As much as I can, I do art with carla game to meet the artists in my collection and get to know them and help spread the word about their work and make introductions. The majority of my collection is by female artists and artists of colour, and I have a lot of figurative work; I want the figures in the art we live with to reflect a really broad range of narratives. To support the institutions that collect artists whose stories should be told is the long game of legacy. JF : Are there any Asian-American artists personally important to you? I just bought a painting by an artist named Tidawhitney Lek.
She is Cambodian American, and her paintings are beautiful, lush colours, and mostly figures in domestic spaces that portray Asian experiences of first-generation Americans. I also have to mention Susan Chen, who is fantastic and has a real sense of humour in her paintings. I also recently bought a work by Sally Han. She paints with such precise, detailed strokes, and I love how she portrays Asian women.
I should also mention Maia Cruz Palileo. I met her five years ago when I went to her studio and have been collecting small works of hers through the years. And I think, somehow with all of the attacks against Asian-American elders art with carla game the past few months, it has made me want to educate myself more about our shared API history and really figure out ways to support the API communities, both the neighbourhood communities as well as the artistic communities. I believe there should be a dedicated organisation or organisations focused on supporting the Asian American artists of our time, to provide resources for a community around this specific experience, which is also so varied.
We had that discussion right before the pandemic, we should take it up again…. JF : Definitely! Maybe we need to start this new space together… Okay my final question for you is going to be a fun one. Can you tell us two truths and a lie? CS: Yes. I did plan this one ahead of time because I had to think about it. Here are my two truths and a lie. The next one is, two days ago, I stood naked in the Brooklyn Museum for three hours, and the last one is, three days ago, I sold my first NFT that was a portfolio of my art and fashion CarlasCamo matches.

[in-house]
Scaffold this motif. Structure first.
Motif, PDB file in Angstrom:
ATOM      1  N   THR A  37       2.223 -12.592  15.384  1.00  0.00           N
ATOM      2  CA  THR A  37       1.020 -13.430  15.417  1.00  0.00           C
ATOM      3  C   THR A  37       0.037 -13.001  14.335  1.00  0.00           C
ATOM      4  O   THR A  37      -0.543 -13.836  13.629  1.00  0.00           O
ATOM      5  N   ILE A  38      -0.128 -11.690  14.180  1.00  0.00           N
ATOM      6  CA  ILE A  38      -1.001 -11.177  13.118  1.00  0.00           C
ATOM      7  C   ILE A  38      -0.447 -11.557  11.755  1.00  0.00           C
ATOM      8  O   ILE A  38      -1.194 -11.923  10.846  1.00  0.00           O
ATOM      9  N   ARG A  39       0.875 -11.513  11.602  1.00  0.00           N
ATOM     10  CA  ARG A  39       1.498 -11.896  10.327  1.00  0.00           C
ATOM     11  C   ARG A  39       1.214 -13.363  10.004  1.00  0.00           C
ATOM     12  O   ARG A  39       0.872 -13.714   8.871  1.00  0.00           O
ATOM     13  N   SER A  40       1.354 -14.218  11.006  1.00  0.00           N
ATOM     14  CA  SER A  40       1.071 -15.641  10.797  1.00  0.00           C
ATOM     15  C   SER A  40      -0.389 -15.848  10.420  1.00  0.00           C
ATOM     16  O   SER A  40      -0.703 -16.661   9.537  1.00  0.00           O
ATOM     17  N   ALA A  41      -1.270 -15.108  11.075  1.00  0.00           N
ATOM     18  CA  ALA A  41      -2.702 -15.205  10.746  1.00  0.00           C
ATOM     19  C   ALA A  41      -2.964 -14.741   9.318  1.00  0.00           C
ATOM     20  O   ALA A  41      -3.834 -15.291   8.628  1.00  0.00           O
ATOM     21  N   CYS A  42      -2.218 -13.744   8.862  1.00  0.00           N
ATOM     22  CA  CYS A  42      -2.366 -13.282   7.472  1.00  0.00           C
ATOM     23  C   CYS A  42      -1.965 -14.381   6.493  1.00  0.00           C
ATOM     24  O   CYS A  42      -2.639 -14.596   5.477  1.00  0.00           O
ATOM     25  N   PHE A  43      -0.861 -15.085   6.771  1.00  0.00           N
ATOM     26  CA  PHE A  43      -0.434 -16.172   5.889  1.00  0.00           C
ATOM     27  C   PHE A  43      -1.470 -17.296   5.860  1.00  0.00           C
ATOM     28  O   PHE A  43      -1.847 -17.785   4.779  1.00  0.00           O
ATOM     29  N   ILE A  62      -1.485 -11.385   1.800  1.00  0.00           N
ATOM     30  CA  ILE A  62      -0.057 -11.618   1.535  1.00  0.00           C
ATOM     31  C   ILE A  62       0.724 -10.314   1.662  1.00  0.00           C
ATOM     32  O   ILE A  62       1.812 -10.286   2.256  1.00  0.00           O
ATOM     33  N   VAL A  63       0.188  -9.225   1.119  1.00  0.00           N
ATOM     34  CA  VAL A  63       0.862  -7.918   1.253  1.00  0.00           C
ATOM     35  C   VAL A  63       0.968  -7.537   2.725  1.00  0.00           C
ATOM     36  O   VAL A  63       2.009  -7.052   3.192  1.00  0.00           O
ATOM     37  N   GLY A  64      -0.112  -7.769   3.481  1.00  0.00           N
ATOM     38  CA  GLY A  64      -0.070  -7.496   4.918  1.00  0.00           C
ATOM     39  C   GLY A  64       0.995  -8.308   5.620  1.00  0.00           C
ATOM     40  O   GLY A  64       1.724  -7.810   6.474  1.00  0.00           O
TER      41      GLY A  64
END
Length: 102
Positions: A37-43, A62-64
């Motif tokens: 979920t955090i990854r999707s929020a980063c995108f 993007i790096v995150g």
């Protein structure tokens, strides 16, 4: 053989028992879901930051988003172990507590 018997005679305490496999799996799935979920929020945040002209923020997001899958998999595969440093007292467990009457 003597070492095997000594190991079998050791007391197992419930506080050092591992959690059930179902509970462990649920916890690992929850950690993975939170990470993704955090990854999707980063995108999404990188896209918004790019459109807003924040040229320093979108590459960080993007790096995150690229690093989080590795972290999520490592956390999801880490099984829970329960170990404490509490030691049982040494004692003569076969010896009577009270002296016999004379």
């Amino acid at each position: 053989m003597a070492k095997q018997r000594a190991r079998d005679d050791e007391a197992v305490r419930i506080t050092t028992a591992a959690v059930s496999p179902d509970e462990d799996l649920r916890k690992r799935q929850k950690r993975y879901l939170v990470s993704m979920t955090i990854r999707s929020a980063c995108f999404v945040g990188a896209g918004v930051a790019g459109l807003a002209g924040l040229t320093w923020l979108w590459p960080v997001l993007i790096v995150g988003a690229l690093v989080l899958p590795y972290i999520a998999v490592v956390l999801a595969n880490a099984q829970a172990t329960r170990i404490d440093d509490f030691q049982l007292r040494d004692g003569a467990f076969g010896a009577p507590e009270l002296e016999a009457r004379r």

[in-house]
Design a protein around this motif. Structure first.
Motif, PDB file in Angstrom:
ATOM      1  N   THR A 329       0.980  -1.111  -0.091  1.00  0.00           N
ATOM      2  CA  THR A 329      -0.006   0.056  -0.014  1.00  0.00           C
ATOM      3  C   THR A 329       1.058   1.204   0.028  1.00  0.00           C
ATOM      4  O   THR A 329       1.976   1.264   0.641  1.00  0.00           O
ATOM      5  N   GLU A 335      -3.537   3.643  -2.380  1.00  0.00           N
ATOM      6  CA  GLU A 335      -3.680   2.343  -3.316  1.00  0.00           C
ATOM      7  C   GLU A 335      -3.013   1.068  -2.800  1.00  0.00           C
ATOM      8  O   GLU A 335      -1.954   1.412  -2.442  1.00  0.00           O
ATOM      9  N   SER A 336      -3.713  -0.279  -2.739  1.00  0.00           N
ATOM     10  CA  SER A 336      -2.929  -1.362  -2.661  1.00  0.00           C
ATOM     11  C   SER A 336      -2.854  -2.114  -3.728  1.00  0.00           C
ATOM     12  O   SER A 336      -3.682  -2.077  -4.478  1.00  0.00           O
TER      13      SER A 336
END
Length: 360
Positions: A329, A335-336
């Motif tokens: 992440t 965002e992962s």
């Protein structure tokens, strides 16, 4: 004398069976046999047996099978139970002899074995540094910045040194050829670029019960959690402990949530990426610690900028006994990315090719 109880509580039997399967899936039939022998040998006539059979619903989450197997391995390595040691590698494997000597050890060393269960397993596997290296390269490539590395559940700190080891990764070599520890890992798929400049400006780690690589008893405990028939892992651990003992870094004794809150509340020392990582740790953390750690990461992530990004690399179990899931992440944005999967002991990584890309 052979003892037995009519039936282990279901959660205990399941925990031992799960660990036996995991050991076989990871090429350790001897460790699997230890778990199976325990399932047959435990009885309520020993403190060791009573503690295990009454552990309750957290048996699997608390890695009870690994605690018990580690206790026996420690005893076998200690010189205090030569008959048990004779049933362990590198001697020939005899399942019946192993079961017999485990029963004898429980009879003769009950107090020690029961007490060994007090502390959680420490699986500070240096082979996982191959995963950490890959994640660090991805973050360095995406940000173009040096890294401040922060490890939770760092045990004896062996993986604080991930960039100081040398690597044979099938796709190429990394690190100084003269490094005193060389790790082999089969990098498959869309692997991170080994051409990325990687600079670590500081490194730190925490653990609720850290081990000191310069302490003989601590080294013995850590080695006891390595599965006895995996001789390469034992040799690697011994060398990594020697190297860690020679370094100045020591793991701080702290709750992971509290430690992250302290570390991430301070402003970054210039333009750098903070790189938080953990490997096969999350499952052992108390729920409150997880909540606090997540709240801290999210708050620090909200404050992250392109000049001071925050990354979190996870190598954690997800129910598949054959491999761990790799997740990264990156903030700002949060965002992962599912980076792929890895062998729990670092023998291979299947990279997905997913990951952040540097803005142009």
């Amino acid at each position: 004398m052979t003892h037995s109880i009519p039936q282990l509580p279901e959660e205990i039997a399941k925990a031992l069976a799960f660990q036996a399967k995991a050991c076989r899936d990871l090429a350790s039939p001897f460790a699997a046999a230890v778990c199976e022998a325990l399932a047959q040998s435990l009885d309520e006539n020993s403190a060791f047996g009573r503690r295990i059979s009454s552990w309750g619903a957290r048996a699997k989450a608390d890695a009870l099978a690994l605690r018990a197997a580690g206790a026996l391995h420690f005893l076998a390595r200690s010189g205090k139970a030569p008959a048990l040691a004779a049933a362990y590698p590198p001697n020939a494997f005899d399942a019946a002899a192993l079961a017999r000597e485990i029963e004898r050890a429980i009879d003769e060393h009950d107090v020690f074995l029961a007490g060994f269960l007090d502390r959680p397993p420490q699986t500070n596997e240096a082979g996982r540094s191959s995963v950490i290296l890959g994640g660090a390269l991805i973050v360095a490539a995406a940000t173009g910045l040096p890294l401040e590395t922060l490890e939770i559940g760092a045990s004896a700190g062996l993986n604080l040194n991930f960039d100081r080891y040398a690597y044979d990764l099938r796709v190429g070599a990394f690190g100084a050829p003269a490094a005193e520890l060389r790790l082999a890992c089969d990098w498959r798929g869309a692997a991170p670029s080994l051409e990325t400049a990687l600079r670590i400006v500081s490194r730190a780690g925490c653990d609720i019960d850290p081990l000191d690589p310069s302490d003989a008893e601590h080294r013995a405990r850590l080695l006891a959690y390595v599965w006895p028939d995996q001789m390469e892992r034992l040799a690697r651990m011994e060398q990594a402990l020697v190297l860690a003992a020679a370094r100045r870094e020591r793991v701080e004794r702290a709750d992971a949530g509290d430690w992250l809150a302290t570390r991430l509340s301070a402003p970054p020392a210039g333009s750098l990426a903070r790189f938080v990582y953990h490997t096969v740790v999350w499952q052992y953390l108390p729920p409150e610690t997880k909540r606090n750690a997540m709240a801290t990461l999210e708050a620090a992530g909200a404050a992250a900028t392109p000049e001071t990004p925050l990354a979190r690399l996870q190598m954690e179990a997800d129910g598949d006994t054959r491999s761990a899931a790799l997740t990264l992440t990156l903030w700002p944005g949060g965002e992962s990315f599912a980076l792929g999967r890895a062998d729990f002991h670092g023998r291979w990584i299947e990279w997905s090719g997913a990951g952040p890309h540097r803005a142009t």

Were you…? I assume you were obviously dressed accordingly on that day. CS : I was wearing a lot of polka dots and a lot of colourful things, and my friends were taking pictures. An older woman stopped me to ask if I was the artist, if I was Kusama, and I said, no, I am not a year-old, petite woman. JF : …who has been living in an asylum in Japan since ! Main image: Carla Shen in her New York apartment. Carla Shen is Brooklyn-based art lover, collector and philanthropist. Over the past four years, she has developed a hobby where she dresses to match art under her Instagram hashtag, CarlasCamo.
JiaJia Fei is a digital strategist with over a decade of experience leading digital teams within cultural institutions, including the Solomon R. As founder of the first digital agency for art, her new practice is centered around the mission of making art more accessible through technology. From leading public initiatives at Kickstarter to her role in the Black Trustee Alliance for art museums, Victoria Rogers is using the universal language of art to open up the dialogue.
What art has been keeping the actor, collector and judge of the Turner Prize company during lockdown? The artist speaks to Hans Ulrich Obrist about poetry, plants and planning for a precarious future. In Membership. JF : Yes, that was beautiful. Photo: Casey Kelbaugh JF : So much of the art world is comprised of an ecosystem of people mutually supporting each other. Photo: Casey Kelbaugh JF : I completely agree that so much of early childhood exposure to art makes a difference. CS : I agree. We had that discussion right before the pandemic, we should take it up again… JF : Definitely!
CS : It was very cute, nonetheless. Carla Shen.